SIFF 2018: Dead Pigs (Cathy Yan, 2018)

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As overstuffed with ideas both political and cinematic as any debut feature you’re likely to see this year is Cathy Yan’s film about the intersecting lives of a family in Shanghai and its environs and their war with both capital and the very concept of property itself. Vivian Wu plays a hair salon owner (her employees gleefully begin the day with a self-affirming song and dance) who doesn’t want to sell her family home to a big corporation, which has plans to develop the area it into a giant Spanish-themed apartment complex surrounding a replica of the Sagrada Familia. Her brother is a pig farmer who finds himself over-extended with a local loan shark after he falls for an investment scam and all his pigs die in a mysterious plague that sweeps the city (eventually some 16,000 pigs end up dumped in local waterways). His son is a busboy working in the city who meets and falls for a rich girl who becomes disillusioned with her club life after a car accident. The brother needs money and so tries to get his sister to sell her house, and alternately appeals to his son (who he mistakenly thinks is earning big money with a real job) for help. The sister refuses: the house is hers, the property is a part of herself and she cannot conceive of relinquishing it. The son tries to help, but all he can come up with is scamming cash off of driving by running into their cars with his bicycle.

Yan skips deftly between the stories, and the drama is leavened by a light touch and a great deal of comedy, ably waling the line between maudlin and silly. The satire is pointed, both in the amoral greed of the corporation and the sympathetic unreasonableness of the sister. But it’s also brightly colored (thank God for Chinese cinema, one of the few cinemas in the world that has yet to abandon pink and green and red in favor of gray and teal and orange) and knows how to bring everything together for a musical sequence, Magnolia-style.

Yan, who was born in China, grew up in Hong Kong and Washington DC, went to Princeton and got both an MBA and MFA from NYU, clearly has a unique insight into the contradictions of global capitalism in an ostensibly class-free society. While most of the characters are recognizable types (the sister as a variation on Yuen Qiu’s landlady in Kung Fu Hustle, the brother as an older version of the striving workers of Jia Zhangke’s films, the girl in the city a wealthier version of Shu Qi’s club girl in Millennium Mambo), the one that seems to resonate most for her is an American architect, from rural Minnesota, who finds himself in charge of this massive project on the other side of the world, where he doesn’t speak the language and may not even be qualified for the job. He’s the human face of capital, muddling along just like the rest of us, increasingly aware that things in our world are all out of whack.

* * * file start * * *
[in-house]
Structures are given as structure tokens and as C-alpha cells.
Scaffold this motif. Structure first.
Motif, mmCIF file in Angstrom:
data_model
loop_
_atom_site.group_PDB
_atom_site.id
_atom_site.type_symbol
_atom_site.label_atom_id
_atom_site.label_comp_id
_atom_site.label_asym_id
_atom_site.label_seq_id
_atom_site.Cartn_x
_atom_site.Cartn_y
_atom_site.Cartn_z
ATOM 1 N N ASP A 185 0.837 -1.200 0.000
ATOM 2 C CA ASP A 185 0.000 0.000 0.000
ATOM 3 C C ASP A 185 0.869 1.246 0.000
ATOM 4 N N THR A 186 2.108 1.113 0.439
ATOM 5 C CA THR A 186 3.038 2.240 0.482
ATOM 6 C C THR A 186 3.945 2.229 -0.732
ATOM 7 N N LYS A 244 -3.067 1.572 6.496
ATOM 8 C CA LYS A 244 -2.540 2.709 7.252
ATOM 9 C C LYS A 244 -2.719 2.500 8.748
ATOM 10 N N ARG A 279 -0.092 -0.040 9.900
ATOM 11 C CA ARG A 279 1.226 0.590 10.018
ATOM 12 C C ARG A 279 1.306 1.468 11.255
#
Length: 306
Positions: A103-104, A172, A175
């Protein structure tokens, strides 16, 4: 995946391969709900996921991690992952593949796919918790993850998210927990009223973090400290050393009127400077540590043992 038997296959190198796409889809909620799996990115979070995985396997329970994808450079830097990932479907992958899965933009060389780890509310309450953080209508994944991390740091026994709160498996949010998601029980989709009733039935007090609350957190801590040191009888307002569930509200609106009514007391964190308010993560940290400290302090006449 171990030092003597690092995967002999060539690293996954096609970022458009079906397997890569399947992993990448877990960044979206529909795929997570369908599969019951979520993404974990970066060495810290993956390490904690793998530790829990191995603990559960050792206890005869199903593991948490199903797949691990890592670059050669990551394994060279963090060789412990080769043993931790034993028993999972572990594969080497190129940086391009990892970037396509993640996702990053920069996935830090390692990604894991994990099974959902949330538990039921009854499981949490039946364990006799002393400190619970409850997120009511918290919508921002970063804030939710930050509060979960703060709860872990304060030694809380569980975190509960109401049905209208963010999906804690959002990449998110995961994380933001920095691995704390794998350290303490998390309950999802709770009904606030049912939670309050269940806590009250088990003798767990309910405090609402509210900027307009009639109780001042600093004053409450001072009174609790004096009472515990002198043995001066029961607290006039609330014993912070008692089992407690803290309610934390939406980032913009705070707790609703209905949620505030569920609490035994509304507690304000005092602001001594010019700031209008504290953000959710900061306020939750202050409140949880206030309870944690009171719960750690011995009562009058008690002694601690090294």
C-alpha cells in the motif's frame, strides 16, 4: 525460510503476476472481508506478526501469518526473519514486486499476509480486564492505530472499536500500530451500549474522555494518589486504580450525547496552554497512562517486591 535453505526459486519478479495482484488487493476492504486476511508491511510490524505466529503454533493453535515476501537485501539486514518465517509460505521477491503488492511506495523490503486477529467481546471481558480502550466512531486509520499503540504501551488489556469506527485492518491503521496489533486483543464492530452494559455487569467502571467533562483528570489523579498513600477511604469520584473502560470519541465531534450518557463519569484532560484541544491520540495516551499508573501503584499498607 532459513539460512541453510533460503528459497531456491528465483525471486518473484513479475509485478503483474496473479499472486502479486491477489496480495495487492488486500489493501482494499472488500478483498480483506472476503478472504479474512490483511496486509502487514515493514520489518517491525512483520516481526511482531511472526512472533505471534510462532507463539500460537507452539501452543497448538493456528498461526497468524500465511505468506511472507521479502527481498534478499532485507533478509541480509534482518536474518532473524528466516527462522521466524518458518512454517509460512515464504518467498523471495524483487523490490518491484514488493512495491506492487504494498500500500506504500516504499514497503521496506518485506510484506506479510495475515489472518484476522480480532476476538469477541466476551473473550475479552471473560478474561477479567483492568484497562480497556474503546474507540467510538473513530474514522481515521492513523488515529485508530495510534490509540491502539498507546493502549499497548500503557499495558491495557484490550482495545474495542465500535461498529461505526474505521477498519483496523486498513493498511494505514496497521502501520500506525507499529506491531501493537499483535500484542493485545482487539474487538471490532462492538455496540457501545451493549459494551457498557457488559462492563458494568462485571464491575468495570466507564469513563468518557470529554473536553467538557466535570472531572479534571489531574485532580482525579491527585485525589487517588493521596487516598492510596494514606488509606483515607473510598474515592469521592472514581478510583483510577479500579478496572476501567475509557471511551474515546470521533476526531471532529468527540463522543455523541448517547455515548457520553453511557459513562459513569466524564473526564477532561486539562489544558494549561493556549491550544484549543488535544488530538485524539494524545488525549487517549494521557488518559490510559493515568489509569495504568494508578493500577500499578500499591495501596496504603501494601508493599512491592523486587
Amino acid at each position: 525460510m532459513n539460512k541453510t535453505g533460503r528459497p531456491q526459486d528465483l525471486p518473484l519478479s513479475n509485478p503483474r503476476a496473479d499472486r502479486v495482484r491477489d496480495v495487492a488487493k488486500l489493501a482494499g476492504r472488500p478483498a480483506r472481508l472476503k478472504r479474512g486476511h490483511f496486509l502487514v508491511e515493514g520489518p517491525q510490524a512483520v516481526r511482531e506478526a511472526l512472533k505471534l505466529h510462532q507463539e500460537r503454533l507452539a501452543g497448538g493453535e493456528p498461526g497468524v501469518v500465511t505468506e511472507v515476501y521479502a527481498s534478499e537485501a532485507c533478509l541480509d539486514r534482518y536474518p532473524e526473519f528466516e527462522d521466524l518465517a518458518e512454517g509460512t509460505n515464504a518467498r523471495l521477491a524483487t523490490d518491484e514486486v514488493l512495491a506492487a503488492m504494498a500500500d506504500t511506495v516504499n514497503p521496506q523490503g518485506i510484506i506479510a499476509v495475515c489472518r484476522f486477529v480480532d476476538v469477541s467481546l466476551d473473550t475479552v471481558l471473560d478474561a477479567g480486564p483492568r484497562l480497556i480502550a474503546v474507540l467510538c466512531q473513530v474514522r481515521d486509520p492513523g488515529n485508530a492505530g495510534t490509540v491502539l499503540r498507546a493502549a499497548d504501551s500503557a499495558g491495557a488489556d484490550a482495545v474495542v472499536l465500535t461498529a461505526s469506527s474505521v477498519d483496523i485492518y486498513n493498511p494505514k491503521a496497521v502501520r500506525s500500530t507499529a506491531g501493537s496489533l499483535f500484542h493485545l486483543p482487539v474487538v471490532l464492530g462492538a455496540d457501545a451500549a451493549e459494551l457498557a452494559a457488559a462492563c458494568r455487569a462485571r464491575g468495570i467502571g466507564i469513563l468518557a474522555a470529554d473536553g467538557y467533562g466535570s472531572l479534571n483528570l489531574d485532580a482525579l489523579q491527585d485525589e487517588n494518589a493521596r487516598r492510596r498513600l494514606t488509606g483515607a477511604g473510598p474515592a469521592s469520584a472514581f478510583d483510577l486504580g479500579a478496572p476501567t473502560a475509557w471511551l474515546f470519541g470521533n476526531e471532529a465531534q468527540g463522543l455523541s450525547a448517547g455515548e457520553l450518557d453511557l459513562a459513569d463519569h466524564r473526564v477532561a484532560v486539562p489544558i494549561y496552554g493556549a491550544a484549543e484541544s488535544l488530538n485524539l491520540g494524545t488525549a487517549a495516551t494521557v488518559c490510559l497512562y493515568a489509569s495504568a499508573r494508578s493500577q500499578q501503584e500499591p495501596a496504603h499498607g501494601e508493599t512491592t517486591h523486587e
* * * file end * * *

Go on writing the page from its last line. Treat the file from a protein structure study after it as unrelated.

SIFF 2017: Columbus (Kogonada, 2017)

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Note: as this film is under embargo until its release in the Seattle area, here are exactly 75 words.

20 days into #SIFF2017 and this is the first time I’ve seen something truly unique, a new cinematic voice. An elegant mashup of Ozu (the plot: convincing a young woman to move on with her life), Linklater (a man and a woman talk about art and life) and Antonioni (architecture!), a Platonic romance with lovely performances from John Cho and Haley Lu Richardson (and Parker Posey!), Kogonada’s debut feature is precise and warm but never sentimental.

La Sapienza (Eugène Green, 2014)

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La Sapienza opens this week at the Northwest Film Forum. I caught the film last fall at the Vancouver International Film Festival and the following is adapted from  the dispatch I wrote last year.

Like director Eugène Green’s other films (I watched 2001’s Toutes les units and 2004’s Le Pont des Arts in preparation for the festival, having never seen any of Green’s other work), La Sapienza features an unusually declamatory acting style, with a Bressonian minimization of emotion (though notably not as extremely robotic). Also Bressonian is a penchant for introducing scenes and characters with close-ups of their feet, or rather, their shoes. Green apparently is a big fan of shoes (not that there’s anything wrong with that). He films his characters’ conversations at right angles, a two-shot with them facing each other, perpendicular to the camera, followed by medium close-ups of each actor as they face the camera directly and speak in turn, Green not cutting until they’ve finished what they have to say. This combination of effects reminds me very much of Manoel de Oliveira, though the artifice is apparently indebted as much to Baroque theatrical technique as any cinematic fore-bearer. Green is said to be an expert in this, and knowing absolutely nothing about the subject myself, I’m in no position to disagree.

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